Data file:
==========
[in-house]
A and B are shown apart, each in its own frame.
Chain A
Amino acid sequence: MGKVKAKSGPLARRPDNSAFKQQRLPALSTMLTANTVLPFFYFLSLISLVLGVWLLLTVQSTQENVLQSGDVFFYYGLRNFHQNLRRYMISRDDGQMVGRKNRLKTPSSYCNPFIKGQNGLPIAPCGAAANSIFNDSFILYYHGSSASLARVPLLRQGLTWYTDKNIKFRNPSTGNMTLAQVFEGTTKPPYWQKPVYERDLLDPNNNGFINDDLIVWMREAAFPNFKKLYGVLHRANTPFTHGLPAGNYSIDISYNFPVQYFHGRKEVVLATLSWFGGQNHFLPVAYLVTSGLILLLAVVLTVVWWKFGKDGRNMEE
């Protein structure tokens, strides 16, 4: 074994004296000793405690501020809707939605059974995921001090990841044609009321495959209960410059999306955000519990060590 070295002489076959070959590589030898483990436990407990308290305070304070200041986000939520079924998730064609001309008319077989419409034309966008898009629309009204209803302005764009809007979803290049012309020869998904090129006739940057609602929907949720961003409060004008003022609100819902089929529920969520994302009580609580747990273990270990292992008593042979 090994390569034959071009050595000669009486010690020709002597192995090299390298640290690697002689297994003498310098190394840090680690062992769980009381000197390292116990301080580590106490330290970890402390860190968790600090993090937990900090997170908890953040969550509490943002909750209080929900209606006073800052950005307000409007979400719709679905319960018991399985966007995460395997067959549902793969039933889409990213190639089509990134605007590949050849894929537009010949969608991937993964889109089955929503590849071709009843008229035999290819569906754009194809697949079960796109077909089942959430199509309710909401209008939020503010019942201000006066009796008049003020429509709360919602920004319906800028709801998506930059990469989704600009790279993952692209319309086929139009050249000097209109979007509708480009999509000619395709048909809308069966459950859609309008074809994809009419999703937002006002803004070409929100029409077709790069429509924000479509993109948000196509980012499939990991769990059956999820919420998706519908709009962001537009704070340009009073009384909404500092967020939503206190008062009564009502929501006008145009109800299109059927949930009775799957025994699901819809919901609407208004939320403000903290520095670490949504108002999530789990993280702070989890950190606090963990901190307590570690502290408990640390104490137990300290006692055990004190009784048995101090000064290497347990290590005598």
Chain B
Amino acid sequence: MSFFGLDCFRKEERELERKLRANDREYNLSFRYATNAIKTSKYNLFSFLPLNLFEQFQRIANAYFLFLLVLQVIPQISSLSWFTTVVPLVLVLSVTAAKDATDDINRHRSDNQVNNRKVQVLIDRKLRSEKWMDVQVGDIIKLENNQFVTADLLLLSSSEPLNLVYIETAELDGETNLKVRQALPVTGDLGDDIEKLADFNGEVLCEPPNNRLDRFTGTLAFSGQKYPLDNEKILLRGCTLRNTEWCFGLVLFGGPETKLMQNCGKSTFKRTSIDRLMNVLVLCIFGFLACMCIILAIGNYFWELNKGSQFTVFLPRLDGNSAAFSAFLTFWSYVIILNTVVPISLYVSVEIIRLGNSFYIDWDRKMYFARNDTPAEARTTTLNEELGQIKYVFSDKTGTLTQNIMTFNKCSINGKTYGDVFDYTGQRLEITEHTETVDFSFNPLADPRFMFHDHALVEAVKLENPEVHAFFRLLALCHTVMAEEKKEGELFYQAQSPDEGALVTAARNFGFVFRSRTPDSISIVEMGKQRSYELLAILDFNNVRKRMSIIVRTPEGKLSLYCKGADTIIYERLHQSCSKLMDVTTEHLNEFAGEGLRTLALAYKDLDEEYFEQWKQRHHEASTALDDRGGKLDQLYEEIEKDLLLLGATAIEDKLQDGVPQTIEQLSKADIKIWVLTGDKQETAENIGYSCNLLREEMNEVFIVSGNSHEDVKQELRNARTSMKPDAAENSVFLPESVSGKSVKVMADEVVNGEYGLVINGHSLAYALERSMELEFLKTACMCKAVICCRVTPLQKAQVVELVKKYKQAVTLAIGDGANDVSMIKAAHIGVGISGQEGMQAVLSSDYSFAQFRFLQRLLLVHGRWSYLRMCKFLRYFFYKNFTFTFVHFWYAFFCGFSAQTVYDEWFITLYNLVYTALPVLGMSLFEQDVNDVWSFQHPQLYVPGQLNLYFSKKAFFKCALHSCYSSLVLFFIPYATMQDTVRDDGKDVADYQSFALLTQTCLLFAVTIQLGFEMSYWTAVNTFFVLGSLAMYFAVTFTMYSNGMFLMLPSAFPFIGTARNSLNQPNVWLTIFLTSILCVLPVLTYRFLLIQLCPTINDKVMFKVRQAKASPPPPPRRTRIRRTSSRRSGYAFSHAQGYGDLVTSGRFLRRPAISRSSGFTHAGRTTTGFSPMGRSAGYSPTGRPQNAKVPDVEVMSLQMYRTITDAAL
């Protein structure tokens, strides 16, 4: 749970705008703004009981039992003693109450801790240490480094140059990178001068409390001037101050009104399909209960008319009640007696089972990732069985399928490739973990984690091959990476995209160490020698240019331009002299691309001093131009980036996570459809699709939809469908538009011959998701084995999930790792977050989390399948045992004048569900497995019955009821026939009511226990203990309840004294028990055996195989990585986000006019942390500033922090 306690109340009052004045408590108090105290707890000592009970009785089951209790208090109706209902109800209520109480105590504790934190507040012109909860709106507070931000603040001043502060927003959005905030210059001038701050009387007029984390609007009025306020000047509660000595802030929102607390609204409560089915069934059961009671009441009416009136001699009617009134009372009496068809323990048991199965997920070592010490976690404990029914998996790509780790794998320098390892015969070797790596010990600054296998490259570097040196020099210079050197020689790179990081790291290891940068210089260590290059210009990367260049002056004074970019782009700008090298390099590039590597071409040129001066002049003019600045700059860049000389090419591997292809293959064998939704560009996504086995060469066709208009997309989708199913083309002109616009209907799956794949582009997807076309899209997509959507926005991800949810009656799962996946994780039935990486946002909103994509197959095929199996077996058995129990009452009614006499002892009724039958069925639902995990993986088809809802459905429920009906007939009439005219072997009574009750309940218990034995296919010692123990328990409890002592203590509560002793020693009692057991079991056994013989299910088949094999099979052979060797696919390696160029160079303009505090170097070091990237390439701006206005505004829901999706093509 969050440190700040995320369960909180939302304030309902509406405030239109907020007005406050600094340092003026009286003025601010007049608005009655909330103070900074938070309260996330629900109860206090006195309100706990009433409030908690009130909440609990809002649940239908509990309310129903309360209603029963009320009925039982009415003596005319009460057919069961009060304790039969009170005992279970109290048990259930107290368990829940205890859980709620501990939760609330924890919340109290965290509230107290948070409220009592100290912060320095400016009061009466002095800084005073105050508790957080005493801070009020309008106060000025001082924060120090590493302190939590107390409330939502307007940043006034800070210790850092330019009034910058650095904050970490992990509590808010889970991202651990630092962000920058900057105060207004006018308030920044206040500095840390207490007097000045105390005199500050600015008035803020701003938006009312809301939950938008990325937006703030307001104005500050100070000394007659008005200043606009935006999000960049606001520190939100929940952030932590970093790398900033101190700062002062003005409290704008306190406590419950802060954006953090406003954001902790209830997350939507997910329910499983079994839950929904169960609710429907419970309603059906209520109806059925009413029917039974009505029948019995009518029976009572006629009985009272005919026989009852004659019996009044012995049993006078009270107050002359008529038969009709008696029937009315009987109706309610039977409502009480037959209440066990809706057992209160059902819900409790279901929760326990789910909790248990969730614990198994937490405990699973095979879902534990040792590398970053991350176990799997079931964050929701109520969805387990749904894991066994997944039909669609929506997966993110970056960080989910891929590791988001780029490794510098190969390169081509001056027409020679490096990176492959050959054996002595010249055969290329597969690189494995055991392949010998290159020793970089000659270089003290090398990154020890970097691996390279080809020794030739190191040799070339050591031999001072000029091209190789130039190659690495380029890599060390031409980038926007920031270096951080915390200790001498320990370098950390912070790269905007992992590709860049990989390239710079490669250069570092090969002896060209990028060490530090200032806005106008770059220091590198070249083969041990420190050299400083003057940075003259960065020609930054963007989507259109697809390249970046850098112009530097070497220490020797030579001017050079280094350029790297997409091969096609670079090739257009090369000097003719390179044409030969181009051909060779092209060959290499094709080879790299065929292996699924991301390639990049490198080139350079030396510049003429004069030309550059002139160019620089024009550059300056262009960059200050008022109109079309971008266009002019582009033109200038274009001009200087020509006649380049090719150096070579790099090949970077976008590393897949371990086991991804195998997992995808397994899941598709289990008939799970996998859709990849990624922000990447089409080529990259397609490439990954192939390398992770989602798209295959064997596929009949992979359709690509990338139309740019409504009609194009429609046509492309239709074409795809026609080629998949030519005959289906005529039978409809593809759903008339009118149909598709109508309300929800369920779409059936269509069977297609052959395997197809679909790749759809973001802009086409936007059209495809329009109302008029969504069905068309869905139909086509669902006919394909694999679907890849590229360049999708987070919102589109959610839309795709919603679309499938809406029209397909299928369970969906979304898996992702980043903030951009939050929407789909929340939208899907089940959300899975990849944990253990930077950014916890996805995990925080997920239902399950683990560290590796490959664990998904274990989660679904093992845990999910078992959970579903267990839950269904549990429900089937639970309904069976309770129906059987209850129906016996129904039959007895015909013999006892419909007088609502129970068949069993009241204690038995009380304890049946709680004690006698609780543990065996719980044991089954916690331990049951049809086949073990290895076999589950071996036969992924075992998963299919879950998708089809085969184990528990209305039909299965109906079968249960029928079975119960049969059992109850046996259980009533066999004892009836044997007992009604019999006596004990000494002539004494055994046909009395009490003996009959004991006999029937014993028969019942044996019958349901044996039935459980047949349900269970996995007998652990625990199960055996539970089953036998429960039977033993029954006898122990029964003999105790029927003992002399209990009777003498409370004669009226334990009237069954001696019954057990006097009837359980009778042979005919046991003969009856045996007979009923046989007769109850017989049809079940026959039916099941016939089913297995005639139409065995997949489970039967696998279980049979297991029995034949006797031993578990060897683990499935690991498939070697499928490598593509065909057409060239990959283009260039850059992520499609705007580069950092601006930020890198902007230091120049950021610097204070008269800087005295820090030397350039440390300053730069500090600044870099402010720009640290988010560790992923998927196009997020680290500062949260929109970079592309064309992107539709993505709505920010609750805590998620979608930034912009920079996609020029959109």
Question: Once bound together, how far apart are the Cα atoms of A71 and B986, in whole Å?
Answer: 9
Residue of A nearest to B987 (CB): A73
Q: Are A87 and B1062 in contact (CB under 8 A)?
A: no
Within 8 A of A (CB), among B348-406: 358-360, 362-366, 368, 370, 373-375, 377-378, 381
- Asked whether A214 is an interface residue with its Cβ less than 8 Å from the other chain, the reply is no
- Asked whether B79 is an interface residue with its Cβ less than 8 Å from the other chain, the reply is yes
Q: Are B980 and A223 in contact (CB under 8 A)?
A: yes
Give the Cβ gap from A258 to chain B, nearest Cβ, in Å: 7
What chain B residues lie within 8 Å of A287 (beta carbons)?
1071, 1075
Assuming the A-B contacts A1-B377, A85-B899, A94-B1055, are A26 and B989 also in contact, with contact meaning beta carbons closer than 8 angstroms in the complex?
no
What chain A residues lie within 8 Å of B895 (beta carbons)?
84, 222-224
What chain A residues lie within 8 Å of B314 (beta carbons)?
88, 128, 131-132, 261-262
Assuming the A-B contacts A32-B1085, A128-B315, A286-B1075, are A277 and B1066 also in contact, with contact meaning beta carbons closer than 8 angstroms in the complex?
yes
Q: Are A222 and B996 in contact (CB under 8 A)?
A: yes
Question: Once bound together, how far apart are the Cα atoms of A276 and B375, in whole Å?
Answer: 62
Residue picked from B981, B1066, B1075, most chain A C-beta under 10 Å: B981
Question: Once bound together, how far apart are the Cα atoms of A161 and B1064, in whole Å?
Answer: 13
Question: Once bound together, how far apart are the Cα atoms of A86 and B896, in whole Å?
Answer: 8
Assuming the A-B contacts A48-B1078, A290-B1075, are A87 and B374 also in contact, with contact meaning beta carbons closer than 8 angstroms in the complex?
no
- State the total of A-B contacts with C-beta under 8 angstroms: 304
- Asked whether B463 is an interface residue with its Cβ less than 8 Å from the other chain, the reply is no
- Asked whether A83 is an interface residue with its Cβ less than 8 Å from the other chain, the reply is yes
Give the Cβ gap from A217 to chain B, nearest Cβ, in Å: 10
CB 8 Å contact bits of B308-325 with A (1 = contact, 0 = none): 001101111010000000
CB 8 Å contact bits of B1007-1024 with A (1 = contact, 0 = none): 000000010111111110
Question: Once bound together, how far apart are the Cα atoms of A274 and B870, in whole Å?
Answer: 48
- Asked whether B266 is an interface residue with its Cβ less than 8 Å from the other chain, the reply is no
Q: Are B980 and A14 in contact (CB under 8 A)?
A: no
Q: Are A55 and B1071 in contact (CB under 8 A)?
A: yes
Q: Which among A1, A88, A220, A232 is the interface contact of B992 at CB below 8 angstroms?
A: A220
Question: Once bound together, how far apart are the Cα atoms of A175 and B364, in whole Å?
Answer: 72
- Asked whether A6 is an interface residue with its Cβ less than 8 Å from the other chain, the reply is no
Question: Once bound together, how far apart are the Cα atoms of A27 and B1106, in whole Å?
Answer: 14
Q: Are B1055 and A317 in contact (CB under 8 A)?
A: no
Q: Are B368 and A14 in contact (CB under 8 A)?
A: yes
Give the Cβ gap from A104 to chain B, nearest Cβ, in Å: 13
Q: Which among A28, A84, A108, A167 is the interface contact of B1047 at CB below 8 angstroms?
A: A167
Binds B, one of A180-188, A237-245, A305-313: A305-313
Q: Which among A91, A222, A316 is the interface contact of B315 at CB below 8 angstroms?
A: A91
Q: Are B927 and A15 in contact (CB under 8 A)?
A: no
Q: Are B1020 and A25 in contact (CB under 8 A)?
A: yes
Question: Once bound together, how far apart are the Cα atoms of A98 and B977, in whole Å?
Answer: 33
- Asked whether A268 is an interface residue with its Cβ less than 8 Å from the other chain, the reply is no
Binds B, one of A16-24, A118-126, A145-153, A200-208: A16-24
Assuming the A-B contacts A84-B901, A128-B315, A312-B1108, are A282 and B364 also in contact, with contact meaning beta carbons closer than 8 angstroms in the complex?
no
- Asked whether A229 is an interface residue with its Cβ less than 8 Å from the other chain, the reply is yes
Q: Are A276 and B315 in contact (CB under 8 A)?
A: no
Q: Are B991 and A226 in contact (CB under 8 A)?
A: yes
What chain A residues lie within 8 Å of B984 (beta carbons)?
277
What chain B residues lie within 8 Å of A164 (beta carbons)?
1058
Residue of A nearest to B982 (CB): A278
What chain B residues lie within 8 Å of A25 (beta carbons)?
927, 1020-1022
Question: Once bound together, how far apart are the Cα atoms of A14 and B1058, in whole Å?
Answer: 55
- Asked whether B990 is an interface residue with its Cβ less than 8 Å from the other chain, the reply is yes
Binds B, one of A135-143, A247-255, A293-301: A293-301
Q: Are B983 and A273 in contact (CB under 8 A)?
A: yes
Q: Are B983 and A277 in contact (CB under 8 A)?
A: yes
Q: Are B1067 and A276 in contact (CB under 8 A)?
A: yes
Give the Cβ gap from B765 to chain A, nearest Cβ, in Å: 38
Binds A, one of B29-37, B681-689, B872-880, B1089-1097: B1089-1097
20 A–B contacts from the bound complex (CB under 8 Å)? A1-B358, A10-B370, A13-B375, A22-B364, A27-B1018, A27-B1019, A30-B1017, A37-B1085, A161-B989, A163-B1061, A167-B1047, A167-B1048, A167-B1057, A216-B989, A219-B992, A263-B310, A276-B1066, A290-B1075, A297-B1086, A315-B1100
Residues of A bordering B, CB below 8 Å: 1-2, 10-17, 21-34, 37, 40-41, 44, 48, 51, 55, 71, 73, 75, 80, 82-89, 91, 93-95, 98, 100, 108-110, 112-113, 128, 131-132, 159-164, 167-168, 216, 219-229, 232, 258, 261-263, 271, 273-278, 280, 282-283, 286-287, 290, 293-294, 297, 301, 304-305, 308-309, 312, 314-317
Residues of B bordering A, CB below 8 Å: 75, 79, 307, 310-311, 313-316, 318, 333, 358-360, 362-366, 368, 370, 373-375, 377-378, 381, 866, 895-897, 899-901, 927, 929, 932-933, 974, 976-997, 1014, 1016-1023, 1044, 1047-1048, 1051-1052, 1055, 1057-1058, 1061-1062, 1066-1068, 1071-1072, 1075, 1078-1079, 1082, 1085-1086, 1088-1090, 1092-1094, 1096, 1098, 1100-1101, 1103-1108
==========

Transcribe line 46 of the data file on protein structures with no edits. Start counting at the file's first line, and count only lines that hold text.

CB 8 Å contact bits of B1007-1024 with A (1 = contact, 0 = none): 000000010111111110